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Fennels Bay Notations
Qualité quand ça marche: 3.5
Consistance des Vagues: 2.0
Niveau de Difficulté: 3.5
Planche à voile et Kite Surf: 1.0
Foule a l'Eau: 3.5

Général: 3.1

Voir toutes les 18 notations

Basé sur 2 votes. Voter


Surf Report Feed

Statistiques de Houle pour Fennels Bay, Toute l'Année: Toutes Houles – Tous Vents

This image describes the combination of swells directed at Fennels Bay over a normal year and is based upon 34628 NWW3 model predictions since 2006 (values every 3 hours). The wave model does not forecast wind and surf right at the shore so we have chosen the best grid node based on what we know about Fennels Bay. In the case of Fennels Bay, the best grid node is 32 km away (20 miles).

The rose diagram describes the distribution of swell sizes and directions, while the graph at the bottom shows the same thing but lacks direction information. Five colours illustrate increasing wave sizes. Blue shows the smallest swells, less that 0.5m (1.5 feet) high. These occurred only 56% of the time. Green and yellow show increasing swell sizes and red shows highest swells greater than >3m (>10ft). In each graph, the area of any colour is proportional to how frequently that size swell was forecast.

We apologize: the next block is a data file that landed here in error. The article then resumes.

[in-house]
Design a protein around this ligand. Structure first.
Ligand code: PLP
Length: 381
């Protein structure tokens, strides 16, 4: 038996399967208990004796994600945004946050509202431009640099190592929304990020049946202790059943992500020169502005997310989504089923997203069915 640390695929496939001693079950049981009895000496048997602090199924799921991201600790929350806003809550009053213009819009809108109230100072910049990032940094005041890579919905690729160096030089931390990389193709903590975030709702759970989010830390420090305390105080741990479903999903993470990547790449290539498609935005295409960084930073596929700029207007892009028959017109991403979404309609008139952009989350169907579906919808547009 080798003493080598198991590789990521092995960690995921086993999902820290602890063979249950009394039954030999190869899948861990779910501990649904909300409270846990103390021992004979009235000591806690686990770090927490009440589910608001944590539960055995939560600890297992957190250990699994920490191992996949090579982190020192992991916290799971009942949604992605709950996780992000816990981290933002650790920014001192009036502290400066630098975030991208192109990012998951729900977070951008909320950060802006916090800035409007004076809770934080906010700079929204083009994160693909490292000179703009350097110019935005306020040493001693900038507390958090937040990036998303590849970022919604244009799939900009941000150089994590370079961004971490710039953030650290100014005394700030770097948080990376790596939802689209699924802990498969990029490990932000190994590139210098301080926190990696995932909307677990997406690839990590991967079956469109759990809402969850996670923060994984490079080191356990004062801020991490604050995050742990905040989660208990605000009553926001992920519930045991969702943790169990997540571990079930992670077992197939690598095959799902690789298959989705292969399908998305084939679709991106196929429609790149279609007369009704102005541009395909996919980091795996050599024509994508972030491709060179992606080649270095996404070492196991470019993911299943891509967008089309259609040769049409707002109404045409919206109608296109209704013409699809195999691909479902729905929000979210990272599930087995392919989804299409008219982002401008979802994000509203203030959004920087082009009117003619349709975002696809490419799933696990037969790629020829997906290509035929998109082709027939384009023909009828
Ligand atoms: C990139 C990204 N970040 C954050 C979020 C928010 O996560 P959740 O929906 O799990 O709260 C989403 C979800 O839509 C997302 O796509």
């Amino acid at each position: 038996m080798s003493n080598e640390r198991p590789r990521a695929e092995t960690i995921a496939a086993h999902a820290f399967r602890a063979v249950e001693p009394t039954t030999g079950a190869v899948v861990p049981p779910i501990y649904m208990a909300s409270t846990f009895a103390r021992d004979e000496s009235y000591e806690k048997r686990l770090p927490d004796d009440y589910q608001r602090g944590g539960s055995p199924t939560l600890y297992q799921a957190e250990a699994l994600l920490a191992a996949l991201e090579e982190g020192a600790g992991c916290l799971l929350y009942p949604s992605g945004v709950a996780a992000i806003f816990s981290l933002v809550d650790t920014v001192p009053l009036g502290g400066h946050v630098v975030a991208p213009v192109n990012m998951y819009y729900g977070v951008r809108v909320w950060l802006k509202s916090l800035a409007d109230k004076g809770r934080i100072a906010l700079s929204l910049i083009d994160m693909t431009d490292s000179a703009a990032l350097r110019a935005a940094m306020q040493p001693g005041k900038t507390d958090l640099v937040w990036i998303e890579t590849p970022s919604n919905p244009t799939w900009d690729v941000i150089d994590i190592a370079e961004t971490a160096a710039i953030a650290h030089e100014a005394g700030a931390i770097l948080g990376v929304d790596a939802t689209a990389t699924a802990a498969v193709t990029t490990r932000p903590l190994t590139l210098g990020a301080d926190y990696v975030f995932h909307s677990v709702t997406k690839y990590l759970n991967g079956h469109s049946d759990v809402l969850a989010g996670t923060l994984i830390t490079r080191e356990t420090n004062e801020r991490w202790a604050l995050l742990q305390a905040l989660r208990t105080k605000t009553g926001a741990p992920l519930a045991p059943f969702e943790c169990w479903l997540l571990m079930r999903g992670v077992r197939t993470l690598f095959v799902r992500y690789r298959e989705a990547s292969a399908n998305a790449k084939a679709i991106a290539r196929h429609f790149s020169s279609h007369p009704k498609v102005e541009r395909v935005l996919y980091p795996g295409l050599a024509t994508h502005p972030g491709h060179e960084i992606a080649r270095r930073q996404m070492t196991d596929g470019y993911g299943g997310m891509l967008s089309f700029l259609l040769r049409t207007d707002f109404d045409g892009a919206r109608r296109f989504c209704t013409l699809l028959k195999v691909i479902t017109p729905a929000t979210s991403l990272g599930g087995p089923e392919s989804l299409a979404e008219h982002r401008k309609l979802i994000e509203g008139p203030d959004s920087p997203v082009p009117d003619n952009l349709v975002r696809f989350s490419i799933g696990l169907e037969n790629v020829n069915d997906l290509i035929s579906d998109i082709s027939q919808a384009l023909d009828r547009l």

The diagram suggests that the prevailing swell direction, shown by the biggest spokes, was SSW, whereas the the dominant wind blows from the WSW. Because the wave model grid is out to sea, sometimes a strong offshore wind blows largest waves away from Fennels Bay and offshore. We group these with the no surf category of the bar chart. To avoid confusion we don't show these in the rose graph. Because wind determines whether or not waves are surfable at Fennels Bay, you can view an alternative image that shows only the swells that were predicted to coincide with glassy or offshore wind conditions. During a typical year, swells large enough to cause good for surfing waves at Fennels Bay run for about 26% of the time.

IMPORTANT: Beta version feature! Swell heights are open water values from NWW3. There is no attempt to model near-shore effects. Coastal wave heights will generally be less, especially if the break does not have unobstructed exposure to the open ocean.